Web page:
Heritage Gateways

Official Sesquicentennial K-12 Education Project
sponsored by the Utah State Board of Education, the BYU-Public School Partnership and the Utah Education Network

Pioneer Date Summary

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04/07/1847 - Crockett

Date: April 7, 1847

Winter Quarters, Nebraska:
Brigham Young, Wilford Woodruff, and Orson Pratt started their historic pioneer journey for the Rocky Mountains. Wilford Woodruff left with his company of eight wagons. He wrote: "When we were on the top of the ridge west of the city, I took a view of the Place & looked at my wife & children through my glass. I then led the company to the old camp ground [Cutler's Park] from thence on the Ponkan road about 7 miles & camped for the night 10 miles from Winter Quarters." Soon, Orson Pratt arrived with is company, followed by Brigham Young and his company. They all camped together with about twenty-five wagons near a west branch of Little Papillion Creek. Heber C. Kimball was still camped about four miles to the east at the haystacks.

Lorenzo Dow Young, his wife Harriet, and their children, left Winter Quarters at about 4 p.m., with their milk cow in tow. They only traveled about a half mile and camped for the night. Thomas Bullock, with Willard Richards' teams left Winter Quarters at 5 p.m., traveled by the cemeteries and camped on the prairie. The pioneers took with them a package of nearly four hundred letters for the Mormon Battalion. The wind blew quite hard during the night.

For many of the pioneers, it was very difficult to leave their families behind. Sylvester Henry Earl wrote: "It is hard to leave my family here, sick and among howling wolves and the roaming savages of the west, but the servants of the Lord says go, and I feel as ever to leave all for the Gospel and the salvation of the people."

Heber C. Kimball held a meeting with his family. He warned them against those who might try to come in the family and saw discord among them while he was gone. He told them to place their complete confidence in Bishop Newel K. Whitney while he was gone, that he was "a worthy, good and exemplary man." Horace K. Whitney recorded: "He [Elder Kimball] told his wife Vilate that if any person should presume to come into his house and speak against him, or any member of his family, while he was gone, to arise and command them to leave the house, in the name of Heber C. Kimball!"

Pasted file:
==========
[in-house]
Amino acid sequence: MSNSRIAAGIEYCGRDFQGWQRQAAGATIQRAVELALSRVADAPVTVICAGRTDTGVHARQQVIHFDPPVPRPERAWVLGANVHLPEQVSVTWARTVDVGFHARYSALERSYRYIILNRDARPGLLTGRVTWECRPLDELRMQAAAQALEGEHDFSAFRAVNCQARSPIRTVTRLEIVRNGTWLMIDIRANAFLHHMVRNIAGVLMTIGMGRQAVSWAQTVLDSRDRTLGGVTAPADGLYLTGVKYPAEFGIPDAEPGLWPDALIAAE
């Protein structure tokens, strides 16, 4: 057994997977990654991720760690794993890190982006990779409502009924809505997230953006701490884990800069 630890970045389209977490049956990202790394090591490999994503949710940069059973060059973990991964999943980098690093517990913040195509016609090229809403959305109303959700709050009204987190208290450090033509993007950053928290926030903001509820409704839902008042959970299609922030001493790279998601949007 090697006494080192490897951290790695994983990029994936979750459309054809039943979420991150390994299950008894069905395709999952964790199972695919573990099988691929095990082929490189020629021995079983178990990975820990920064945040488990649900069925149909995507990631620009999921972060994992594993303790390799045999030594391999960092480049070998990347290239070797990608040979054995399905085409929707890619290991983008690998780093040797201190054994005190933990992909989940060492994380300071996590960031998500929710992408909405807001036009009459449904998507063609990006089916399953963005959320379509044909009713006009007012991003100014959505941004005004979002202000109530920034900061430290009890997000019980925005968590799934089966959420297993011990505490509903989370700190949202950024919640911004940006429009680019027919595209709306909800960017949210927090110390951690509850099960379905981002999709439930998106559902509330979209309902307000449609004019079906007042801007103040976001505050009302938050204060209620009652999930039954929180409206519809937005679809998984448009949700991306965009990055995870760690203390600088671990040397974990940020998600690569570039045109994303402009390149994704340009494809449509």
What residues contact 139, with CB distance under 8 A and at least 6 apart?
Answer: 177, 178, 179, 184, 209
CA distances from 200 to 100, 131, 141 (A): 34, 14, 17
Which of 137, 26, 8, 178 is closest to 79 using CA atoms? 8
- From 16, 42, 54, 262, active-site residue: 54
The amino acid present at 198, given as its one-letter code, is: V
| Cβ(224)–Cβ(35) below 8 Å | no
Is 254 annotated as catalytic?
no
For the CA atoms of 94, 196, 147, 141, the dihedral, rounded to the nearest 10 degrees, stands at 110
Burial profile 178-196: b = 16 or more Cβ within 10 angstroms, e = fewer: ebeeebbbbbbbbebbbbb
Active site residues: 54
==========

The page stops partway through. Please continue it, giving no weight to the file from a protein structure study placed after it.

Ezra T. Benson and Lyman O. Littlefield visited with Mary Richards. Elder Littlefield informed her that he was about to leave for England in a few days and would take letters or anything that Mary wished to send to her husband, Samuel W. Richards.

Summer Quarters, Nebraska:
The day was spent in cutting and hauling timber for houses. John D. Lee, Alfred D. Young, and several of Brother Lee's wives, raised the body of one house. Isaac Houston and Jacob F. Secrist arrived from Winter Quarters. Brother Houston reported that the rest of the pioneers were leaving Winter Quarters during the morning. Brigham Young and Isaac Morley intended to visit Summer Quarters on the following day.

Mormon Battalion, at Los Angeles, California:
A petition was organized by the enlisted men to be presented to the battalion officers asking for the discharge of the battalion, since the war appeared to be over. Most of the men signed it, but the officers rejected it. One of their reasons is that they wanted to extend the service of the battalion to build forts for the army for further pay. The enlisted men were very angry. Nathaniel Jones wrote: "This evening the officers met and counselled together about the matter, and the honorable body threw the bill under the table." The officers who supported the petition were Daniel Davis, James Pace, Andrew Lytle, and Samuel Thompson. Those who argued against it were, Jefferson Hunt, Lorenzo Clark, George Rosecrans, and George Dykes.

Two cannons were brought from the San Gabriel Mission. They had been taken from Colonel Fremont's volunteers and started to be guarded by the battalion. Two wagons returned from San Pedro loaded with flour and clothing.

Company B, Mormon Battalion, at San Diego, California:
Azariah Smith wrote: "I and Thomas [Dutcher] went down to the Coast again, and there are fish in the Ocean which have a stinger on the tail. We went in swiming and one of them stung Thomas on the foot, and he ws in great pain four or five hours when it ceased to pain him, and got well."


  • Watson, ed., Manuscript History of Brigham Young, 546-47
  • Kelly, ed., Journals of John D. Lee, 1846-1847 and 1859, 144-45
  • Wilford Woodruff's Journal, 3:146
  • Diary of Lorenzo Dow Young, Utah Historical Quarterly, 14:155
  • Egan, Pioneering the West, 21
  • Our Pioneer Heritage, Vol. 8, p.243
  • Our Pioneer Heritage, Vol. 2, p.532
  • Jenson, Day By Day With the Utah Pioneers, 3
  • Ward, ed., Winter Quarters, The 1846-1848 Life Writings of Mary Haskin Parker Richards, 117
  • The Journal of Nathaniel V. Jones, Utah Historical Quarterly, 4:14-5
  • Journal of Henry Standage in Frank Alfred Golder, The March of the Mormon Battalion, 217
  • Orson F. Whitney, Life of Heber C. Kimball, p.364
  • Bigler, The Gold Discovery Journal of Azariah Smith, 82
Source: 150 Years Ago Today ©These materials have been created by David R. Crockett. Copies of these materials may be reproduced for teacher and classroom use. When distributing these materials, credit must be given to David R. Crockett. These materials may not be published, in whole or part, or in any other format, without the written permission of Mr. Crockett, Tucson Az, crockett@goodnet.com.